English Language Learners / School Enrollment / Early Childhood Learning / Ages 2-18

What Types of Schools Are in My Neighborhood?

When you’ve recently moved to a new country, state, or even local area, it can be confusing to figure out what your school options are. Here’s what you need to know.

"Where should I send my child to school?" It can be a tough question to answer, especially if your neighborhood has multiple types of schools. Here’s what you need to know about the types of schools you might find, and what to consider.

In the United States, all children are guaranteed a “free and appropriate education.” This includes children with disabilities. It also includes all children regardless of their immigration status or the immigration status of their parents or family.

Several types of schools are common in the US:

  • Public schools: Every city and town offers public schools to all children at no cost to residents. In areas with lower populations, middle schools (usually for students in 5th or 6th grade through 8th grade) and high schools (for students in 9th through 12th grades) might be combined with other neighboring towns. If your child lives far from school, there will usually be bus transportation offered.
  • Specialized schools: Some school districts offer “magnet” or “specialized” schools, including those that focus on the arts or STEM. Your district may also offer schools that enroll students who meet certain academic criteria, like accelerated learning programs. These schools will have their own application process. They may admit students through a lottery, or they may include a special entrance test, audition, or other application process.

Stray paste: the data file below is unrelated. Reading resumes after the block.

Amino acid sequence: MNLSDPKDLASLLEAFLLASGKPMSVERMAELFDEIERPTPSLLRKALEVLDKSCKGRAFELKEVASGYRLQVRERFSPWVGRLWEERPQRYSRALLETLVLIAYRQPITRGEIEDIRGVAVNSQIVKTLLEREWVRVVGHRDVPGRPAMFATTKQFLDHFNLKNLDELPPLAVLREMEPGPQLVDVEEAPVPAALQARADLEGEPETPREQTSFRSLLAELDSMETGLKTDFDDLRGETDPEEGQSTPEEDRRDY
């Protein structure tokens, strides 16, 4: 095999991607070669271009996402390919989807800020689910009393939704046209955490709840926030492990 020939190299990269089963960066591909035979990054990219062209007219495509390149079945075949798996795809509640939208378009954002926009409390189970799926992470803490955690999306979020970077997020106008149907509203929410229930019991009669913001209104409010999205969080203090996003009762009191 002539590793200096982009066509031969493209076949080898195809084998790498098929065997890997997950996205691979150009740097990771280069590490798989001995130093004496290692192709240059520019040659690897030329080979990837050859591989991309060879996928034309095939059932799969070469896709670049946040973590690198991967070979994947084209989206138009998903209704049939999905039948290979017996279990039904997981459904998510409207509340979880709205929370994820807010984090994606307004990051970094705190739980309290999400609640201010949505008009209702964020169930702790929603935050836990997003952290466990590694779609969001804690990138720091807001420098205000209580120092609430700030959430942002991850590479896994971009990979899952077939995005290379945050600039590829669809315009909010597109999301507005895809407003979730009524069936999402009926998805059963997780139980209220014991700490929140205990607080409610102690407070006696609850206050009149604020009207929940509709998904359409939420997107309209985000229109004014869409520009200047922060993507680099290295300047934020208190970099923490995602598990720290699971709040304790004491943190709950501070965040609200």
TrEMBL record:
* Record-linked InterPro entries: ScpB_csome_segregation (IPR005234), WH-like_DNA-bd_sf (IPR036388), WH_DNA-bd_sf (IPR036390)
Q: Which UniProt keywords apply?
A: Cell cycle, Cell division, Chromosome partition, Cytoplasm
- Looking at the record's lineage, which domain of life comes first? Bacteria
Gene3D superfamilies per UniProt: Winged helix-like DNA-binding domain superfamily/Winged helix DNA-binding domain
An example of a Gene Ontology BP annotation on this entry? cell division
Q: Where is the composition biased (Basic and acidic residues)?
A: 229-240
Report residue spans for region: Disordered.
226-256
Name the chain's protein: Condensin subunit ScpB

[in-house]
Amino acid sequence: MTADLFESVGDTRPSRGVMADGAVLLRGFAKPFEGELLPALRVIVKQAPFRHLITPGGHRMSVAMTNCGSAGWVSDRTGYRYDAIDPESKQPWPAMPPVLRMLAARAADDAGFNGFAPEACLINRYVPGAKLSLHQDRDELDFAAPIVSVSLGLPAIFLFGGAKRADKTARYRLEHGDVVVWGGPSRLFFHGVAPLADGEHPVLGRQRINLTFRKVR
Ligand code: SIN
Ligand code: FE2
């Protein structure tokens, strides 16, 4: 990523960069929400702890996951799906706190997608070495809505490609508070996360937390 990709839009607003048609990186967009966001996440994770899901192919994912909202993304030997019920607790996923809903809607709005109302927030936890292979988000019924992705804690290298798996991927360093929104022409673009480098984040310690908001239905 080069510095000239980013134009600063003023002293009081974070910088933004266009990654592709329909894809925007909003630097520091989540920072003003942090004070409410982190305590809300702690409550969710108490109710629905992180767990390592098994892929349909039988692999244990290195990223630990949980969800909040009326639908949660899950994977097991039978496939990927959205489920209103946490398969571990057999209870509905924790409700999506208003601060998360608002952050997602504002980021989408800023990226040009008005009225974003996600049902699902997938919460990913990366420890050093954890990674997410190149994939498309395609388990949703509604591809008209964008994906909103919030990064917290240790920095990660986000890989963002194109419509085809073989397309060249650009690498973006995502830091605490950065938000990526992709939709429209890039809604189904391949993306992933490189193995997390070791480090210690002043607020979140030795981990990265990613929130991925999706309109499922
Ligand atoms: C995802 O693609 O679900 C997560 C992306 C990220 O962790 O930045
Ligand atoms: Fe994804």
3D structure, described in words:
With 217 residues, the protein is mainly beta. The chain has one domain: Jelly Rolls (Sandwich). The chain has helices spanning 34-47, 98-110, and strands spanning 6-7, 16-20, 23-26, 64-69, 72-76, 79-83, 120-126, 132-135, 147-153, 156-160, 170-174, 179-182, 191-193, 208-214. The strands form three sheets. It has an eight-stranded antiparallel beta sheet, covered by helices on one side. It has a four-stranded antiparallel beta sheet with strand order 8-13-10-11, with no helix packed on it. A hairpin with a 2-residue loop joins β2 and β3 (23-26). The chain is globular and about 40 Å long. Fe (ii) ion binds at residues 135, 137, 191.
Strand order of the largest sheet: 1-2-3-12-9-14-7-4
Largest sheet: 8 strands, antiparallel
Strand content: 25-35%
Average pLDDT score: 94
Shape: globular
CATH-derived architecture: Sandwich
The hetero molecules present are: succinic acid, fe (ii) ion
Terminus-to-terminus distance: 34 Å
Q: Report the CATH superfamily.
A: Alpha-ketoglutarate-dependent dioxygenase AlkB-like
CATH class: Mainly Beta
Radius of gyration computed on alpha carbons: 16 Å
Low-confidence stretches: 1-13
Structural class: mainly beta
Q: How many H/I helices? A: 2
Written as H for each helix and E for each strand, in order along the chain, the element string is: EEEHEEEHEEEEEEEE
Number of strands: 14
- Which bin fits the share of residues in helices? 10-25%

• Charter schools: Charter schools are privately funded schools that are also free for families to attend. They are usually enrolled through lotteries that take place a few months before the start of the school year.
  • Religious schools: Many religious institutions, including churches, synagogues, and mosques, run schools. These require families to pay tuition, but tuition is usually lower than non-religious private schools. Many religious schools also offer financial aid for families that qualify. Requirements for enrollment at these schools vary: Some schools require families to be members of the religious institution that runs the school. Others will be open to anyone in the surrounding community. These schools will include some religious instruction as well as other subjects, so make sure you are comfortable with the curriculum before enrolling your child.
  • Private schools: Private schools charge families tuition to attend. (In many cases, financial aid will be available to families that qualify.) They might also have a slightly shorter school year with longer breaks.
  • Therapeutic schools: For students with more significant educational needs that can’t be met in public schools, therapeutic schools may be an option.

Here are a few other things to know:

  • Your child might be automatically assigned to a public school, or you might be given some choice about their school placement. Some public school districts have “zoned” schools. This means your child will be assigned to a school based on your home address. (This includes families living in shelters.) Other school districts have lotteries for school placement, or offer parents the choice of several schools.
  • Schools that are privately funded are not required to support students with special needs. Only public schools are legally required to provide support services for all students who need them. If your child’s needs go beyond what the public schools can offer, your school district is required to pay for an appropriate placement for your child. At private, religious, or charter schools, there may be special education support services available, but these vary by school and are not guaranteed by law.
  • For families experiencing homelessness, students are allowed to stay in the same school for the whole academic year. The McKinney-Vento Act protects that right for families experiencing homelessness, even if your family moves out of that school district. Transportation must also be provided for your child. This ensures that students who move from one temporary placement to another do not have their education disrupted.

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